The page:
Maryland’s New Crab Crisis

Maryland is famous for its sweet-blue crabs and crab cakes that pile on restaurant tables every summer. However, Maryland’s prominent crab industry is currently facing a major crisis just one month into the season. Due to the Trump administration’s notable visa cut, almost half of the Eastern Shore’s crab houses are at a loss for workers who are needed to pick the crab meat. This will most likely result in soaring costs for local-crab meat among other impacts.

In years prior, visas were given on a first-come, first-serve basis. However, this year, the Trump administration mandated for the first time that these visas be given by a lottery system. Likewise, the administration attempts to mask its harmful regulations behind its crackdown on illegal immigration. However, the administration is not directing efforts towards undocumented immigrants. It’s also hindering immigration that is not only completely legal but also vital towards a prosperous economy. Maryland’s crab industry is one of the many industries fighting to stay afloat as the number of temporary workers continues to plummet.

The Trump Administration is responding to multiple complaints regarding the overwhelming shortage of seasonal workers. As a result, the administration promised to approve 15,000 more guest worker visas. However, these will continue to be based on a lottery system and leave many of Maryland’s crab houses fearing that it won’t result in an adequate amount of employees to fulfill the demands of the workplaces.

Maryland’s crab industry has a long history with visa shortages. The majority of crab meat used to be picked by women residing on the Eastern Shore. However, the industry turned to workers who came from Mexico in the 1980s. The seasonal workers were permitted to live and work in the United States during the summer months as many helped supply the demand for Maryland crabs. Then, the workers would return to their homes in the winter. Maryland’s crab houses have been dependent on this system and on the work of Mexican workers for over 25 years and now are continuing to fight to find workers.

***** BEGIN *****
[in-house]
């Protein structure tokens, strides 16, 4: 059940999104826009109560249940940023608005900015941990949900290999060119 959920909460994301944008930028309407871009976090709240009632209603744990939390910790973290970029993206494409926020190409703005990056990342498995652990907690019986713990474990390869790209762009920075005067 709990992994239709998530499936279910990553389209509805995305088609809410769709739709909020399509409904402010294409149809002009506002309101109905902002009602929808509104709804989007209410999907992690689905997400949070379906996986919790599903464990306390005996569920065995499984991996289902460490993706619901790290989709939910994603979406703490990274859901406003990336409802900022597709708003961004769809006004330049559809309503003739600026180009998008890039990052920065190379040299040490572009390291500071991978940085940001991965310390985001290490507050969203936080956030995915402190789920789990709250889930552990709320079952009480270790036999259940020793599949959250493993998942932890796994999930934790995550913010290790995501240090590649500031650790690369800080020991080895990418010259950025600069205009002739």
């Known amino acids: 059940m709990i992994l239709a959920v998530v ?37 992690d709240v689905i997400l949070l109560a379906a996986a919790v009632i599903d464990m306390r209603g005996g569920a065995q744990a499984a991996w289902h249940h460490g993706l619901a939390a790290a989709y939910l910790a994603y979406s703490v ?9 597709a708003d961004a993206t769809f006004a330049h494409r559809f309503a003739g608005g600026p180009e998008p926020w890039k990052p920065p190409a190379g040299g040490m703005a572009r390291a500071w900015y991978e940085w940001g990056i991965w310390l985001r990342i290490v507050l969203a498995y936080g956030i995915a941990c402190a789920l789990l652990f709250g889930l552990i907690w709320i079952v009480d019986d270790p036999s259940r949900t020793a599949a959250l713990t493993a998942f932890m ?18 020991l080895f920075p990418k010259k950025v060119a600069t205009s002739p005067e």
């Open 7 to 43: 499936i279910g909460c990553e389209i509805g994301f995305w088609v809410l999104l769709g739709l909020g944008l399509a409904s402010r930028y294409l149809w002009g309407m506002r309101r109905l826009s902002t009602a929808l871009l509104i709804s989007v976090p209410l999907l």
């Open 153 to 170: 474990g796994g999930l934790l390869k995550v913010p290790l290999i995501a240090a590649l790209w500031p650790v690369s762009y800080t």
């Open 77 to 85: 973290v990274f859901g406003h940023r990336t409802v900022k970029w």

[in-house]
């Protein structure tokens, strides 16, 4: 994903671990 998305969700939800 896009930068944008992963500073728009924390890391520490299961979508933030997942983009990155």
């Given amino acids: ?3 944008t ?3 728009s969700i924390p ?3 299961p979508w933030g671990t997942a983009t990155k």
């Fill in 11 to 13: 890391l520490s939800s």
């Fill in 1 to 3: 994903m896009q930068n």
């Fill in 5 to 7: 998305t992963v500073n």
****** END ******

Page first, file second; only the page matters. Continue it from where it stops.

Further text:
Not only is the industry in jeopardy, but so are the livelihoods and lifestyles of the Marylanders who rely on this work for a living. Without this business, many of the state’s residents will have to readjust. However, according to an article published by The Independent, many of the residents who are feeling the impact due to Trump’s regulations don’t blame the president. Instead, the article highlights how someone even took aim at The Chesapeake Bay Foundation for the crisis. As noted in the article, The Chesapeake Bay Foundation works to create and maintain a cleaner Chesapeake Bay and has not completed any work regarding work visas.

In addition to the seasonal-worker shortage, it’s important to note that Maryland’s crab industry also faced another crisis. Maryland experienced a cold spring, which made the state’s crab population hesitant to arise from the seasonal hibernation. However, as the state’s temperatures warm-up, the crabs are beginning to surface. Thus, the demand for seasonal workers remains on the rise. Maryland legislatures will need to take action to support the seasonal immigration that sustains and benefits the state’s economy.